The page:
Nicolas Thiry

Learning React.js: Part 3 - State vs Props

  tutorial, react

Prelude: This article is part of a series of lessons about React.js, you can find all of them here !

Hi, as I was starting to mention state and props in my previous post about React.js, I will try to explain you what these are.

There are two types of “model” data in React: props and state. It’s important to understand the distinction between the two.

Let’s start with state so you can understand easier what props are !

What is state in React.js

Think about it like if it was the state of a component at a given time. For example take the like button from any given social network, at first when you start your app we can say that it’s state is set to false. Now you click it, it triggers an event and the like button becomes active, we’ve just set it’s state to true. Your like button will update through time therefore you need it to have a state.

Let’s write some code to show you how it works.

1
2
3
4
5
6
7
8
9
10
11
12
13
14
15
16
17
18
19
20
21
22
23
24
25
26
import React, { Component } from 'react';

class Like extends Component{
  constructor(props){
    super(props);

    this.state = {
      like: false
    }
  }
  handleClick(e){
    e.preventDefault();
    this.setState({like: !this.state.like})
  }
  render(){
    return(
      <div>
        <button onClick={this.handleClick}>
          {this.state.like ? "Unlike" : "Like"}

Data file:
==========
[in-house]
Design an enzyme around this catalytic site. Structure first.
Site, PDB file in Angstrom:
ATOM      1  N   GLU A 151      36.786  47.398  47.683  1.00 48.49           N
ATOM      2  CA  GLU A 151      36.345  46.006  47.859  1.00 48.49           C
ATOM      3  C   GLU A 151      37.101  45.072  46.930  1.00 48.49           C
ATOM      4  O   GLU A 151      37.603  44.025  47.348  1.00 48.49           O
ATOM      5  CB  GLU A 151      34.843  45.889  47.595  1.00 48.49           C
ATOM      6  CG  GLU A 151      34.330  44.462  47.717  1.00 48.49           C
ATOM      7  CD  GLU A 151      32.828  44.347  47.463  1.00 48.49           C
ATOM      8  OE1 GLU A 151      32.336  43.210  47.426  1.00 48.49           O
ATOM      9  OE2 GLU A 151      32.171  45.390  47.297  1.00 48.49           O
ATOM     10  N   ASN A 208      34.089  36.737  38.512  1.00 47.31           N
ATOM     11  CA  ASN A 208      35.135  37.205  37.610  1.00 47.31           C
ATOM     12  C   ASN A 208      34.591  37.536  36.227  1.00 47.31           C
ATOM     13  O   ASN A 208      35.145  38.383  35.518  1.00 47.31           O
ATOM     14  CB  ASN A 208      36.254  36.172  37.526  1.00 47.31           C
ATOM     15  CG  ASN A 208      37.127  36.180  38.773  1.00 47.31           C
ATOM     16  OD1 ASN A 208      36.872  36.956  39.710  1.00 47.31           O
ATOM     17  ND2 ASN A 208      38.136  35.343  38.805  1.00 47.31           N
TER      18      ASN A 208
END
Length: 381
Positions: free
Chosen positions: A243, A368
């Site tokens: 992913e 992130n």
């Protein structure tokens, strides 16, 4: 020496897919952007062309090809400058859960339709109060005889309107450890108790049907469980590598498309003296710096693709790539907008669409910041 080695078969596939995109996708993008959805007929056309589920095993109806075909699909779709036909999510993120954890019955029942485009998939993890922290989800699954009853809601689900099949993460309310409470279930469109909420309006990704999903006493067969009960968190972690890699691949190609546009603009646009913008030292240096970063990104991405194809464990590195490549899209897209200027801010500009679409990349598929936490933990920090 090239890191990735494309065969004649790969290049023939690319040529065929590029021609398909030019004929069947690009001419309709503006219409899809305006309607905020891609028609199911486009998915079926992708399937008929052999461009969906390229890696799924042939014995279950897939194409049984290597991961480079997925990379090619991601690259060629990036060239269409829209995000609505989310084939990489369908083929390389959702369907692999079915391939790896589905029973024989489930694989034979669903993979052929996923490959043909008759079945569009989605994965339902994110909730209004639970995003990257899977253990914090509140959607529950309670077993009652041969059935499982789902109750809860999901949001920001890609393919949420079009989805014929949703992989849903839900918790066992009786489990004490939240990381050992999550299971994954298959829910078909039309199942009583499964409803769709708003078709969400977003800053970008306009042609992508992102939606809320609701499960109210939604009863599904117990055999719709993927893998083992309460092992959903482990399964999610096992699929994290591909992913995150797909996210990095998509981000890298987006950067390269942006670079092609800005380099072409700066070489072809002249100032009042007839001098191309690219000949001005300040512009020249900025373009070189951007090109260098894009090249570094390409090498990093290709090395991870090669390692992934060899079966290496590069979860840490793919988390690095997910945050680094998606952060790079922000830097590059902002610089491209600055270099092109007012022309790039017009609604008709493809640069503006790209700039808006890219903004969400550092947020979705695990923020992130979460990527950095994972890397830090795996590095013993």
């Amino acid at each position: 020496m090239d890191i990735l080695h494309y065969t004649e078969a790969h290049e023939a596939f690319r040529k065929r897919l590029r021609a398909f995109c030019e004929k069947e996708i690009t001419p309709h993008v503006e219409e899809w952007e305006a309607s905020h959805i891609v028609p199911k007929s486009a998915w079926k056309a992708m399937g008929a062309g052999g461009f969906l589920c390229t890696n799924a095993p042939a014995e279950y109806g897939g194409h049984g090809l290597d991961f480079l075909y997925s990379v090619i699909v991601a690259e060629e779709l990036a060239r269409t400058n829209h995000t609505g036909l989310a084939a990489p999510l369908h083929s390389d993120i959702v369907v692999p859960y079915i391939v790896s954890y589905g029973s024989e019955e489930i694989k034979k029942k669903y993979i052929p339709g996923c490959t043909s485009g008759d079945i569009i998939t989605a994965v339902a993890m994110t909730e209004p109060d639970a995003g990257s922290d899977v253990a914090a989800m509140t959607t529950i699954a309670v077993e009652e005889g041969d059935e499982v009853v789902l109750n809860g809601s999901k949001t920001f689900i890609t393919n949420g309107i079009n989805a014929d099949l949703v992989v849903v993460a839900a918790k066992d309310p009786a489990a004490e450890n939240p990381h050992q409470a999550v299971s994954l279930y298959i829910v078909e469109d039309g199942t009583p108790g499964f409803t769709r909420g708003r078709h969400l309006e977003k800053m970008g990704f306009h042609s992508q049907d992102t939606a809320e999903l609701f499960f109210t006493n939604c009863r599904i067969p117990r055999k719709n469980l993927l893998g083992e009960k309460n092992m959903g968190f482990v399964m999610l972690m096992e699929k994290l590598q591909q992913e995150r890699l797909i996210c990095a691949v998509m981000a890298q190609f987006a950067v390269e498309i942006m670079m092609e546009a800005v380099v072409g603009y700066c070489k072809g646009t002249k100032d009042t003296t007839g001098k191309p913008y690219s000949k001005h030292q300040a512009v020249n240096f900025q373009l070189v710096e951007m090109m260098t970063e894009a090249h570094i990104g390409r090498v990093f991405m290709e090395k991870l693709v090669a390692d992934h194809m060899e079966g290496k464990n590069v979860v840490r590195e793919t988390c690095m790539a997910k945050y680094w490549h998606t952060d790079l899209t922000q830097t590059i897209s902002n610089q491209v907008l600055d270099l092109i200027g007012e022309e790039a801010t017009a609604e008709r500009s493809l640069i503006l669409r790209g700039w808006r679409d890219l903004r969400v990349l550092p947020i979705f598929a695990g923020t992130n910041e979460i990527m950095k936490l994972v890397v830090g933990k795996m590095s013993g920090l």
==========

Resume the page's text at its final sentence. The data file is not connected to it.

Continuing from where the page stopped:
</button>
      </div>
    );
  }
}

export default Like;

I am not yet going to go through all the code, I’ll keep that for another section. However you can see here that my button triggers an onClick event which will update the like state thanks to setState and inside my button the text will not be the same when the state is true or false. How does React manage that? Here enters the virtual DOM. In fact when you update the state of a component, it will re-render itself by giving to the virtual DOM new values which will then update the actual DOM dynamically.

I think this might be enough regarding the state in React, it might not be enough explanation but you will understand it better when starting to write actual code.

What is props in React.js

So from here we can say that the state of a component can be updated through time when the user triggers an event.

Props are the “opposite” of state. It should not, and won’t update. However you may pass props from a component to it’s children and then pass these props to the state of the new component.

That’s it for me, understanding props and state in React is fundamental and I invite you to read these other sources in case my explanations didn’t help you at all:

react redux webpack browserify nodejs

previous

Similar Posts

Comments

© Nicolas Thiry 2018